Of course, nobody would doubt that Appian lived, died and wrote the works attributed to him (certainly Carrier would not doubt this). But there is a lesson here about allowing evidence to come to us from obscure sources! The point here is just that a source that Carrier cites as clearly more authoritative on Caesar’s crossing of the Rubicon than the New Testament writers on the life of Jesus was actually written more than 210 years after the event took place.
Cassius Dio, Carrier’s third historian, was later still. He was born possibly as late as AD164, and died some time after AD229. He records a number of events that modern historians regard as mythical, such as the founding of Rome by twin brothers Romulus and Remus in 753 BC, to say nothing of his inclusion of the legend of the hero Aeneas (son of the Greek goddess Aphrodite) from Troy in 1200BC, as penned in Virgil’s Aeneid, as actual history. Given that his History of Rome includes events up to AD229, it must have been complete at that time or later. At very least, his account of the Rubicon crossing was written 250 years after the fact, perhaps more.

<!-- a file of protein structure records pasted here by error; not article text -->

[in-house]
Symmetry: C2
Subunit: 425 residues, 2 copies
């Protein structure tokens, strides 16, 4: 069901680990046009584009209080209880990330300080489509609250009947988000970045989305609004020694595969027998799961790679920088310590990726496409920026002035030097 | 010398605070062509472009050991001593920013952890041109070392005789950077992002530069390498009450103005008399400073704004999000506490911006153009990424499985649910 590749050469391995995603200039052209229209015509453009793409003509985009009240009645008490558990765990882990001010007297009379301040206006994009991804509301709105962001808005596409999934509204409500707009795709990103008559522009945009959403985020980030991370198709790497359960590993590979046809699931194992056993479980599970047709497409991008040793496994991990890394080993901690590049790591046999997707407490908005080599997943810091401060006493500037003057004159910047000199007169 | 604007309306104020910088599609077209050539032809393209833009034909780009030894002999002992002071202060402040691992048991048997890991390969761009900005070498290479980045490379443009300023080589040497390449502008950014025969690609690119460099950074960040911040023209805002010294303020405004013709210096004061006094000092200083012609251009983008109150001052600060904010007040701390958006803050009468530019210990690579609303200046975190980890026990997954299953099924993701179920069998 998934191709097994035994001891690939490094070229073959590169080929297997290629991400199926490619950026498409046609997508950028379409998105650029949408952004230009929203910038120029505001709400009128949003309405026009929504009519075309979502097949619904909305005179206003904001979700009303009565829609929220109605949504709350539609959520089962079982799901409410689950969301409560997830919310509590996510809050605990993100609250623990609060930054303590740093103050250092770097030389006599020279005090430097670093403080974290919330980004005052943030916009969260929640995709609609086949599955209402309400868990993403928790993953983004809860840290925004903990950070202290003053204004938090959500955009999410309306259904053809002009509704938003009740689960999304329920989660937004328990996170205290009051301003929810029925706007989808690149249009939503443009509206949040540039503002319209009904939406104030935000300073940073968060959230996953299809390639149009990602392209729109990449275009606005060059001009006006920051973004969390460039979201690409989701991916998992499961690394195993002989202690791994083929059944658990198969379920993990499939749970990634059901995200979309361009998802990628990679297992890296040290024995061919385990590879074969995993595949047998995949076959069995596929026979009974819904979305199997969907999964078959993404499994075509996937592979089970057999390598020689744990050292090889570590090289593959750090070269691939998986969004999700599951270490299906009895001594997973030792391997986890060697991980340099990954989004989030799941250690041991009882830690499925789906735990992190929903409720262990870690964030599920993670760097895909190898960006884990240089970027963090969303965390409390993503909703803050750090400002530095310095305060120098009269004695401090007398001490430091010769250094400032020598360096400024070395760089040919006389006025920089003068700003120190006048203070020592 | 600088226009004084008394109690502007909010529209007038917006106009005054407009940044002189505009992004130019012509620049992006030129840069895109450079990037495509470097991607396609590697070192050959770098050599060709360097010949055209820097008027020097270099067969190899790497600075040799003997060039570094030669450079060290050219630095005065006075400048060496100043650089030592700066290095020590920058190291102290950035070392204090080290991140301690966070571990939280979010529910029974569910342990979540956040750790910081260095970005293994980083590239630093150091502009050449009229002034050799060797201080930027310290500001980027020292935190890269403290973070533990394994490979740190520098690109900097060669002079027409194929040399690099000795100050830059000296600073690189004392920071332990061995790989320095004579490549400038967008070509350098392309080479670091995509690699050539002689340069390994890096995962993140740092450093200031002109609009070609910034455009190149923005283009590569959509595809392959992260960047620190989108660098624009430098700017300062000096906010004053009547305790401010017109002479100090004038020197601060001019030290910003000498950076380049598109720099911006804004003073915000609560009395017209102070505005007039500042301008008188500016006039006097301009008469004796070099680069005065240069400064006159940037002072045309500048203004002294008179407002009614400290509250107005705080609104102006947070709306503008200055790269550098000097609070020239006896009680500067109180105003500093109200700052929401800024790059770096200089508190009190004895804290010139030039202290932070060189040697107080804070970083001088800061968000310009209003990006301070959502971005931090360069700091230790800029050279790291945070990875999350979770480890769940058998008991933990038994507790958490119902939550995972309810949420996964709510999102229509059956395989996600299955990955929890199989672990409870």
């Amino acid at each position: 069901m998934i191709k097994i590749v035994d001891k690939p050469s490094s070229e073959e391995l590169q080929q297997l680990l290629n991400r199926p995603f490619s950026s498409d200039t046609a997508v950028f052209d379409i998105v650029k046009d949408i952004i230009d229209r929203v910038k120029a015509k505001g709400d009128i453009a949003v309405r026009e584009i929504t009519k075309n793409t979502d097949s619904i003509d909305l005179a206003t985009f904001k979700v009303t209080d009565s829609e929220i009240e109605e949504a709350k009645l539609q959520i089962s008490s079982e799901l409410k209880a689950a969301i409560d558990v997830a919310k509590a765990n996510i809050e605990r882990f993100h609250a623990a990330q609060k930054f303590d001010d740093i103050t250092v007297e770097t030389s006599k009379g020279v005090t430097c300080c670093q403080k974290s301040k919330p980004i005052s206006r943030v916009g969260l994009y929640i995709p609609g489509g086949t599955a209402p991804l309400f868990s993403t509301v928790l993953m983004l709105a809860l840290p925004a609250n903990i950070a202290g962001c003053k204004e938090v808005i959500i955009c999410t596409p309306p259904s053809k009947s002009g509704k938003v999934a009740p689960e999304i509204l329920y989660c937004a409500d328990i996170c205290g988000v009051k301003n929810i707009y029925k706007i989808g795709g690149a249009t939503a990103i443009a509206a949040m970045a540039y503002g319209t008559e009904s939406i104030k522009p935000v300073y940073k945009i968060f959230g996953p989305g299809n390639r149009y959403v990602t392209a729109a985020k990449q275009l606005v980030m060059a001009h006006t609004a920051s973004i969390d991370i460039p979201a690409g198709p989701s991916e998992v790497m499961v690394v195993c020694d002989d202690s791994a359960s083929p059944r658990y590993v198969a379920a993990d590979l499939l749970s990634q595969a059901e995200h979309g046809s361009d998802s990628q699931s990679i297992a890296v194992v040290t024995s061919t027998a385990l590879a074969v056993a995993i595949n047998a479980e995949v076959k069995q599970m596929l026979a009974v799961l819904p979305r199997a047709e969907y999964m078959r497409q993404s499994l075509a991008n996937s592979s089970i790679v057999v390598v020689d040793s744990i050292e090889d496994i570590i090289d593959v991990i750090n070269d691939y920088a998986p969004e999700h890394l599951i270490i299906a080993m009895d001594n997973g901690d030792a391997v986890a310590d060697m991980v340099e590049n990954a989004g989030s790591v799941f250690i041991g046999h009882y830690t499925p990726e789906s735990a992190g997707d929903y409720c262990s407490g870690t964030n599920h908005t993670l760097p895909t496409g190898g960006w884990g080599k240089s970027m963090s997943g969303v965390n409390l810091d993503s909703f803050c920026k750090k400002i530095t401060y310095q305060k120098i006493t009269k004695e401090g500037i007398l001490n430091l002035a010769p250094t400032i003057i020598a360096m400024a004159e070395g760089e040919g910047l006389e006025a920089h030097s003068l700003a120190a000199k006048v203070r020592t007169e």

At this point, Carrier’s complaint that no real historian wrote on the life of Jesus (or specifically his resurrection) until many years after the fact begin to ring more than a little hollow. Also sounding less persuasive is any suggestion that the historians who wrote about it would meet the standards of impeccability that Carrier seems to attribute to them. One assumes that a sceptic like Carrier does not believe the myths about the founding of Rome or the children of the gods, for example. Again, the point here is not that we should doubt that the Rubicon crossing took place. The point is only that Carrier is exaggerating, even inventing, the differences that supposedly exist between the quality of the historical accounts that we have concerning the Rubicon crossing and those that we have concerning the life, death and resurrection of Jesus.